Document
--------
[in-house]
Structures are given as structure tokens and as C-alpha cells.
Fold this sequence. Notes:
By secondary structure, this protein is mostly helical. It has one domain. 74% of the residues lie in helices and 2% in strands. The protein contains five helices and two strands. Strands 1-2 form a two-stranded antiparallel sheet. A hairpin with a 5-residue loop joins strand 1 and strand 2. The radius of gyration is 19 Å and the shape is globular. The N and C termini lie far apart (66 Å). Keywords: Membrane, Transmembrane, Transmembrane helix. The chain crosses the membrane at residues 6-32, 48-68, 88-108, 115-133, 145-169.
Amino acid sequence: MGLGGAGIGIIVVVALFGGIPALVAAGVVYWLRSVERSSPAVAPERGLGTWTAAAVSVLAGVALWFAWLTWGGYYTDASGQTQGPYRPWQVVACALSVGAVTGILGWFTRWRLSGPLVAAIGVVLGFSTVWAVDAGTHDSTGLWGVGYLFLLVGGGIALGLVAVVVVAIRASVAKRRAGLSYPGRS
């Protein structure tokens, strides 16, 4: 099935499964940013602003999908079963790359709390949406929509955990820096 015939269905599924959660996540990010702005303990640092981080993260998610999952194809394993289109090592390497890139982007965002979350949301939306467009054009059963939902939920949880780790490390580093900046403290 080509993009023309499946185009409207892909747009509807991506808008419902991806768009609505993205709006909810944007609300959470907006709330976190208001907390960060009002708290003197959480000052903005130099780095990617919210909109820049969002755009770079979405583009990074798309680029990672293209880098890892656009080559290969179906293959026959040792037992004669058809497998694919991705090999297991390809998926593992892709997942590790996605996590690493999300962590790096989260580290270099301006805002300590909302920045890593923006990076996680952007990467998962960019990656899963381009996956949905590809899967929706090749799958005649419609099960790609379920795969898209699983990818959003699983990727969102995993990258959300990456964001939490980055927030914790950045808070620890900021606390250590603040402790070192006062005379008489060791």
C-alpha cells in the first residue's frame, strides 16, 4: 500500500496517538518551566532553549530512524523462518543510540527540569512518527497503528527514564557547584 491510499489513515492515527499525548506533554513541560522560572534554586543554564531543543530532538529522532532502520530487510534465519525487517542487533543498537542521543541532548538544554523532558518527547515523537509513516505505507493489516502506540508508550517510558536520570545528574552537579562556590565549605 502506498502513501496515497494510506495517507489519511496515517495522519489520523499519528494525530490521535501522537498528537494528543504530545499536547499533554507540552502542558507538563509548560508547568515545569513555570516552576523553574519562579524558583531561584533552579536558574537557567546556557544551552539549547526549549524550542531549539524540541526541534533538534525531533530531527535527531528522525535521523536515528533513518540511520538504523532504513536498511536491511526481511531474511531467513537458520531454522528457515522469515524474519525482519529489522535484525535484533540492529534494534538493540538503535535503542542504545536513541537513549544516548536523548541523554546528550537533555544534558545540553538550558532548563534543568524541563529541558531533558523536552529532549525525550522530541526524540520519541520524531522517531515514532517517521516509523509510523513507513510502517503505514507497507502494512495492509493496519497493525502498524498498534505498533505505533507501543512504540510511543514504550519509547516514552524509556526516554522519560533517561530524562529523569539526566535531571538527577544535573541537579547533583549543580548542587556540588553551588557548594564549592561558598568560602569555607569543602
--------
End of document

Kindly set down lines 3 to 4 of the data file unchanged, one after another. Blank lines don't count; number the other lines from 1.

Fold this sequence. Notes:
By secondary structure, this protein is mostly helical. It has one domain. 74% of the residues lie in helices and 2% in strands. The protein contains five helices and two strands. Strands 1-2 form a two-stranded antiparallel sheet. A hairpin with a 5-residue loop joins strand 1 and strand 2. The radius of gyration is 19 Å and the shape is globular. The N and C termini lie far apart (66 Å). Keywords: Membrane, Transmembrane, Transmembrane helix. The chain crosses the membrane at residues 6-32, 48-68, 88-108, 115-133, 145-169.